Our finance czars

Published April 18, 2023
The writer is a political economist with a PhD from the University of California, Berkeley.
The writer is a political economist with a PhD from the University of California, Berkeley.

FINANCE czars are often the top regime honchos after prime ministers and play key roles in national progress. How have our czars done? I look at four czars who served for at least one year after 2008: Shaukat Tarin (two years in two stints), Hafeez Shaikh (five years in two stints), Ishaq Dar (five years in two main stints) and Miftah Ismail (a year in two stints).

We first had Tarin and Shaikh under PPP, followed by Dar and Ismail. We then had Shaikh and Tarin again, but in reverse order, and Ismail and Dar again (in reverse order too). This odd merry-go-round was broken by a few short eras of others. Thus, our many ills and few gains since 2008 have come mainly from these four.

Shaikh has a PhD in economics from Boston University, and Ismail a doctorate in public finance from the prestigious Wharton School. Both have worked at IMF and have the strong global economic credentials needed for the job (but with a neoliberal bent). Dar and Tarin only have business degrees and national job records.

However, the real test is their work as finance ministers. Their short stints make such a review hard. Exogenous factors and other public officials affect economies too, especially beyond the fiscal realms of finance czars. But fiscal policies affect the whole economy. Our czars usually control trade, investment, and even monetary and exchange rate policies informally. So, I isolate their role from exogenous factors in not only the fiscal sector but also in the areas of sustainable, equitable growth and reforms.

The short stints of four FMs make a review difficult.

Shaikh in both stints had to contend with the worst exogenous factors (2008 crisis, 2010 floods, terrorism, electricity crisis, high oil prices, Covid-19, etc.). Dar saw terrorism and electricity crises in his first stint and the Russia-Ukraine war, floods, and Tarin’s economic mess (which he exacerbated) in his second. Miftah Ismail inherited economic messes from Dar and Tarin. The latter had bad exogenous factors in his first stint but received a recovered economy in 2021.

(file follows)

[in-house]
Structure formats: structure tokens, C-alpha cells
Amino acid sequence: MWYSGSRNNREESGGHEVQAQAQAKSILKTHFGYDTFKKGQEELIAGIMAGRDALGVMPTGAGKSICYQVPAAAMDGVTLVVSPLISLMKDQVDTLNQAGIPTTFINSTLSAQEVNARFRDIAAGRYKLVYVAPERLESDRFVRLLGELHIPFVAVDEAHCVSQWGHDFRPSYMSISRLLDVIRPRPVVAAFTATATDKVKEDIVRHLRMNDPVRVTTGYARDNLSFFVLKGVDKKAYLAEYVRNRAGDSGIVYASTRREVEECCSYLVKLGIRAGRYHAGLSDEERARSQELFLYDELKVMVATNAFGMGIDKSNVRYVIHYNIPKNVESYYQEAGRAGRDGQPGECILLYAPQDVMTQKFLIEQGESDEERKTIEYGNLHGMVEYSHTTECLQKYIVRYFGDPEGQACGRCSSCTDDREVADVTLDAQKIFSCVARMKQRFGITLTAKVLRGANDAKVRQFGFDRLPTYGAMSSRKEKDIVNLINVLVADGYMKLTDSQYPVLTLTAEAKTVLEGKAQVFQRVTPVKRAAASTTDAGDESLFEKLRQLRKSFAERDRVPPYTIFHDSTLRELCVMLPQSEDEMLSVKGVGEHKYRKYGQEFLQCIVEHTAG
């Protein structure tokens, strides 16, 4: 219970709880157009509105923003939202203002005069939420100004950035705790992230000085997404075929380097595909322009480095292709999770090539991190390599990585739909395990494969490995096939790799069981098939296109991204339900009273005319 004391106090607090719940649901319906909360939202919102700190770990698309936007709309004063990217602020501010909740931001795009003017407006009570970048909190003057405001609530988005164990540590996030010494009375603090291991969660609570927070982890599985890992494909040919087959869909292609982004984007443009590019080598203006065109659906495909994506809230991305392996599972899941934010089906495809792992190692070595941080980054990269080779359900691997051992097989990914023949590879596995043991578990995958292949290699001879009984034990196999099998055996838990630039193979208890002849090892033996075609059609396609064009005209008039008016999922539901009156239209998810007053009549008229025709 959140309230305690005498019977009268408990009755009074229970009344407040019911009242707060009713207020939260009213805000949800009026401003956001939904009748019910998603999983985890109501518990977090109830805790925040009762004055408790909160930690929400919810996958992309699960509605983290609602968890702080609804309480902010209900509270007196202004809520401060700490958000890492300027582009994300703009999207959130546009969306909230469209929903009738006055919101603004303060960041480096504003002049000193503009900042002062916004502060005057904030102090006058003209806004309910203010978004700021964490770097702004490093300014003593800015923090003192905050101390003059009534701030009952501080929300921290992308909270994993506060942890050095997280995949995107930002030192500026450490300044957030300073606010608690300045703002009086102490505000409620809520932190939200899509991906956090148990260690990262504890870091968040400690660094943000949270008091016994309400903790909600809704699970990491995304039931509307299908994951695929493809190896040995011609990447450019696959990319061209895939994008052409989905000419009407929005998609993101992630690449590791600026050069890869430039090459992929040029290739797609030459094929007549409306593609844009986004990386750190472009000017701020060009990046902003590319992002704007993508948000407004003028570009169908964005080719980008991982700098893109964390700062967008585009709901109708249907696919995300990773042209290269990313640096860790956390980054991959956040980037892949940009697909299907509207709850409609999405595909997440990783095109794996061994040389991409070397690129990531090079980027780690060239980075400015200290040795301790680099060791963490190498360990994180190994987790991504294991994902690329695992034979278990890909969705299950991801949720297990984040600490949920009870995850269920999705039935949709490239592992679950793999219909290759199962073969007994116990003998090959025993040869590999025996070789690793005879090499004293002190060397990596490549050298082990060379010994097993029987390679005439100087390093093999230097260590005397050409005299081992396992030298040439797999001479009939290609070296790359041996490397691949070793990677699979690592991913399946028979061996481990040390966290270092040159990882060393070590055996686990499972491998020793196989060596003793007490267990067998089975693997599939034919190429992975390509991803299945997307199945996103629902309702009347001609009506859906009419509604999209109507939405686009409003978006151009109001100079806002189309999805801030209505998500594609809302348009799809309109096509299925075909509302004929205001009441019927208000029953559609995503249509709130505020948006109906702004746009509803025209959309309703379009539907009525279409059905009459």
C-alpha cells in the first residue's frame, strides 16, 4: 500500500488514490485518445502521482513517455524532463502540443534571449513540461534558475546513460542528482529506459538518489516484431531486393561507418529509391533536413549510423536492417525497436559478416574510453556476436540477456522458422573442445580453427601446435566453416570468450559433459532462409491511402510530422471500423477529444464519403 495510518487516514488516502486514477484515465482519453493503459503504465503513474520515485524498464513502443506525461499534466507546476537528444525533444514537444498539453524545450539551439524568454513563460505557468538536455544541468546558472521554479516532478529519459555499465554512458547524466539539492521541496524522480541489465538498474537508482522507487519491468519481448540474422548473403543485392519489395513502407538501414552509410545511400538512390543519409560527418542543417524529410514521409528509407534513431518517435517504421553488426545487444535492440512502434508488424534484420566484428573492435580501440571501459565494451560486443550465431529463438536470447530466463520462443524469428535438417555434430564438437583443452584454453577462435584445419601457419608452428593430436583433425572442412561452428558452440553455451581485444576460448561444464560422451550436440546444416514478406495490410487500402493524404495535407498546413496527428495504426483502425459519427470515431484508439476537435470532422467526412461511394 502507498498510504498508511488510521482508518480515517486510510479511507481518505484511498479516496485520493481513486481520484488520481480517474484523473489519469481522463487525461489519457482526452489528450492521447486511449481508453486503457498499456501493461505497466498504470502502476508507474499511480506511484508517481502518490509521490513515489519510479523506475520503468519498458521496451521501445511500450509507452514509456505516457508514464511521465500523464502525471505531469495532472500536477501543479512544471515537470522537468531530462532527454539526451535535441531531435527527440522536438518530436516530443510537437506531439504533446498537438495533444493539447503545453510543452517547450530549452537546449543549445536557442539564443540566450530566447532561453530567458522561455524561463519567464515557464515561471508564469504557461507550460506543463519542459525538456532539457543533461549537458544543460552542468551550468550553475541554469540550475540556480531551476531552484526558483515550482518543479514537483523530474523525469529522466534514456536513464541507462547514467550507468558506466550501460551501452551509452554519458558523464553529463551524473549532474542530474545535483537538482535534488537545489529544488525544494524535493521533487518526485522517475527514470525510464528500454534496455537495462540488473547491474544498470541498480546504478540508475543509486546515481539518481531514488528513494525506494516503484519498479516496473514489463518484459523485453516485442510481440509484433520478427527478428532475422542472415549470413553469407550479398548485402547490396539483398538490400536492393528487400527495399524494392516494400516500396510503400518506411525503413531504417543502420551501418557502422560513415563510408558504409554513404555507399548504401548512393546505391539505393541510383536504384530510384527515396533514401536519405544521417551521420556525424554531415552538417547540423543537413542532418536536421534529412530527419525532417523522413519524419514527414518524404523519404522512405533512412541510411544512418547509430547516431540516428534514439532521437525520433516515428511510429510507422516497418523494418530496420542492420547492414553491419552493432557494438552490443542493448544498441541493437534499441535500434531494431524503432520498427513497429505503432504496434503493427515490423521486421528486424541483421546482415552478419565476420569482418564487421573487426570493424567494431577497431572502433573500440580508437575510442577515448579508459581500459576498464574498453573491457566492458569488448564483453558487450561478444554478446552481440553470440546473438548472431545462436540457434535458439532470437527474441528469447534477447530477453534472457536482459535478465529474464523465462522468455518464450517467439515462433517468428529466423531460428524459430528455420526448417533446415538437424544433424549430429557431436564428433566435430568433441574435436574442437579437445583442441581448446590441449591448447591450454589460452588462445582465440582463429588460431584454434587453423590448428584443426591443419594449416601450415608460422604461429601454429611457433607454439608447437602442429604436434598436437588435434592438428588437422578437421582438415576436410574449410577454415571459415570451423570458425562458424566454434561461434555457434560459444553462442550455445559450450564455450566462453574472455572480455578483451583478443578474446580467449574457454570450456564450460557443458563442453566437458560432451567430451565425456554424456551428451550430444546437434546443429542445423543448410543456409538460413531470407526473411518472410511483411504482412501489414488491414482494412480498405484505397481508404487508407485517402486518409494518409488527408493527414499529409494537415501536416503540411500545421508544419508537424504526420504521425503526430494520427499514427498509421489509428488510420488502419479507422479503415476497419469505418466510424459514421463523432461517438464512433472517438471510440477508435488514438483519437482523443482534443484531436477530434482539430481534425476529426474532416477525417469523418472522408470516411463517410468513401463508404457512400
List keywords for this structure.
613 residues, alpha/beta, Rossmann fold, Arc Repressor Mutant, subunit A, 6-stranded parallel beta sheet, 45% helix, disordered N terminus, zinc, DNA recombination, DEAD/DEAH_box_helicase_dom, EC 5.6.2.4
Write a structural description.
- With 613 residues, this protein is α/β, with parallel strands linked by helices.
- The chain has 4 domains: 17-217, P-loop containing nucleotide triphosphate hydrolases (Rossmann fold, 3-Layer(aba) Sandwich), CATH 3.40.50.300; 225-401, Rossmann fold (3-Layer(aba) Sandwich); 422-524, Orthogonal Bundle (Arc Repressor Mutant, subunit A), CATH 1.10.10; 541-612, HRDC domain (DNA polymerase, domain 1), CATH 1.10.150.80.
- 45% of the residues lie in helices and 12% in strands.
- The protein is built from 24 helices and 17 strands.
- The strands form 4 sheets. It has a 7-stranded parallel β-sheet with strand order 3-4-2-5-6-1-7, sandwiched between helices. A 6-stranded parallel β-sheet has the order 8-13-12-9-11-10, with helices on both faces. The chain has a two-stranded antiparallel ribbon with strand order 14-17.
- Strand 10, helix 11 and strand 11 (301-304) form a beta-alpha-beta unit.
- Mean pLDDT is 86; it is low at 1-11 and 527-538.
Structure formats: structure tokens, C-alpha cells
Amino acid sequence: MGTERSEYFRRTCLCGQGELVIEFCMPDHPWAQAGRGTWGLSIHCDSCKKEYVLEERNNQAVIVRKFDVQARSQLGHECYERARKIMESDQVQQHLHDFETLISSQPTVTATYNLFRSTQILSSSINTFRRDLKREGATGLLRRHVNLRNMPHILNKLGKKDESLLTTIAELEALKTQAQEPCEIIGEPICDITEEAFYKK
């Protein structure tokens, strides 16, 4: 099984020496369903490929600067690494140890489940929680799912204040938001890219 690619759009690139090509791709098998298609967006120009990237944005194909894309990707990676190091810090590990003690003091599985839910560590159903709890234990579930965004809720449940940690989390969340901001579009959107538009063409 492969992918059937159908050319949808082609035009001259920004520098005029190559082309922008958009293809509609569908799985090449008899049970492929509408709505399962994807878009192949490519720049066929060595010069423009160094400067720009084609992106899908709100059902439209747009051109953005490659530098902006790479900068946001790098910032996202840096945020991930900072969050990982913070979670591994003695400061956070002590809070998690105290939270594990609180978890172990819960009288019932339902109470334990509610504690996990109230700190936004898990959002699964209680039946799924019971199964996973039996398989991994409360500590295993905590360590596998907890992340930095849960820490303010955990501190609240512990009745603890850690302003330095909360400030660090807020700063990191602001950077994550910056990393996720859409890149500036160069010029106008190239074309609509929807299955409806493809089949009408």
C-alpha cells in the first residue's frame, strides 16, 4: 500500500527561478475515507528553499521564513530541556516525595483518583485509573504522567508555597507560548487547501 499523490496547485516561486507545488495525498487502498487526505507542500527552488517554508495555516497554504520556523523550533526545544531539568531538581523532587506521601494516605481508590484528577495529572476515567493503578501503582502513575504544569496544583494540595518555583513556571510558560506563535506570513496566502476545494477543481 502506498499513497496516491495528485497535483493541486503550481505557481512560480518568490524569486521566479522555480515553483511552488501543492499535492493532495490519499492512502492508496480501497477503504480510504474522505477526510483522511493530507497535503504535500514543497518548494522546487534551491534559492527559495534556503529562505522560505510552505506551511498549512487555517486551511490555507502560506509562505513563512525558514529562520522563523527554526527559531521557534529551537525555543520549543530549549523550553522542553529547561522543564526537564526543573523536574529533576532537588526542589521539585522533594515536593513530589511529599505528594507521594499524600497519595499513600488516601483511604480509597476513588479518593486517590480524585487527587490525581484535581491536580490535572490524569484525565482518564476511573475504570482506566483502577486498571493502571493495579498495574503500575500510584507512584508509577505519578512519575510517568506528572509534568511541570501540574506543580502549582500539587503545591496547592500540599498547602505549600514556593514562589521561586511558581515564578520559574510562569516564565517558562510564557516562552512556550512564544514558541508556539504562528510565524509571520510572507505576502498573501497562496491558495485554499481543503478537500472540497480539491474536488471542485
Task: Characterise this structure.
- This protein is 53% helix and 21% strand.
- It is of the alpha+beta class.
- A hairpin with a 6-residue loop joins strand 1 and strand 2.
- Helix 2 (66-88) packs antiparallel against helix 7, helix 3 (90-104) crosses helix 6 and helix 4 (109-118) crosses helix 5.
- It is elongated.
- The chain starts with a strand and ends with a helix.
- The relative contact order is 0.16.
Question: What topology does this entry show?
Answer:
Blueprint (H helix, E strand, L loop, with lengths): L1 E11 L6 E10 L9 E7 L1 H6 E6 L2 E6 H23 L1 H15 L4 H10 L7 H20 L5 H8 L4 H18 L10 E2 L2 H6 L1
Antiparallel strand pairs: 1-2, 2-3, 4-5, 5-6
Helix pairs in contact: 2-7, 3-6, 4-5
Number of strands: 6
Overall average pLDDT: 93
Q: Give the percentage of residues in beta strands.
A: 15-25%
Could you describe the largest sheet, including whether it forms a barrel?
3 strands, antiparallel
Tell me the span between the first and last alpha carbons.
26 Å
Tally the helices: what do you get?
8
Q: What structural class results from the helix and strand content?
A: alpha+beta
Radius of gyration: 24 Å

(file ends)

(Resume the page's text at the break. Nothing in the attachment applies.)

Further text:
Going by key indicators until 2022, Ismail does the best, followed by Dar, Shaikh and Tarin on GDP. Dar does the best, followed by Ismail, Shaikh and Tarin on inflation, and also on fiscal issues, followed by Ismail, Tarin and Shaikh. Shaikh does the best on external deficits, followed by Dar, Ismail and Tarin. Both Ismail and Dar do better than Shaikh and Tarin on debt. Overall, the PML-N czars do better, but this status will change once the full 2023 data is in. Also, the exogenous factors here explain some of the variances; a conclusive verdict based on data alone is hard to give.

So, we must review their policies. The seventh NFC Award and BISP came under Tarin, but were not his ideas. Ehsaas came under Shaikh, but was not his brainchild. CPEC was Dar’s work, but it hasn’t lived up to its promise. Ismail and Shaikh mended broken economies partially. So, it is hard to list many big pluses for any, which is why we have fumbled economically under them (the pre-2008 eras had their own issues). The only area where one can clearly rank them is on avoiding harm. While Dar and Tareen are responsible for the larger crises, Ismail and Shaikh mended them. This brings us back to my starting point credentials. The two with the best ones caused the least harm. But both were dumped by the PML-N and PTI for the two who did the most harm. Ismail has shown more guts, sincerity and flair in advocating reforms on the job, but more so in his writings later. He ranks as the best among the four for me.

Dar and Tarin ran elitist economies, with the state favouring unproductive, rentier classes. The other two favour reforms, but neoliberal ones; where the state plays no major economic role, good or bad, beyond giving macroeconomic stability, rule of law and a ‘free’ economy. But that model globally results in crises and inequity. We need neither type of state, but one that mixes the East Asian developmental model igniting progress, with the Scandinavian welfare one to ensure good incomes for the vast majority that can work and safety nets for the few who can’t.

Nothing in his writings shows that Ismail embraces such ideas. However, he seems open to debate, and it is worth nudging him onto this path. At the end of the day, though, one needs not only an able finance minister, but also able ministers for investment, trade, industry, planning, climate change, poverty alleviation, health, education, etc. The only way a team even remotely resembling a dream team can attain power soon until the grassroots parties expand is if the PDM follows the Congress model, where family patriarchs run parties and appoint able persons to govern.

The writer is a political economist with a PhD from the University of California, Berkeley.

murtazaniaz@yahoo.com

Twitter: @NiazMurtaza2

Published in Dawn, April 18th, 2023

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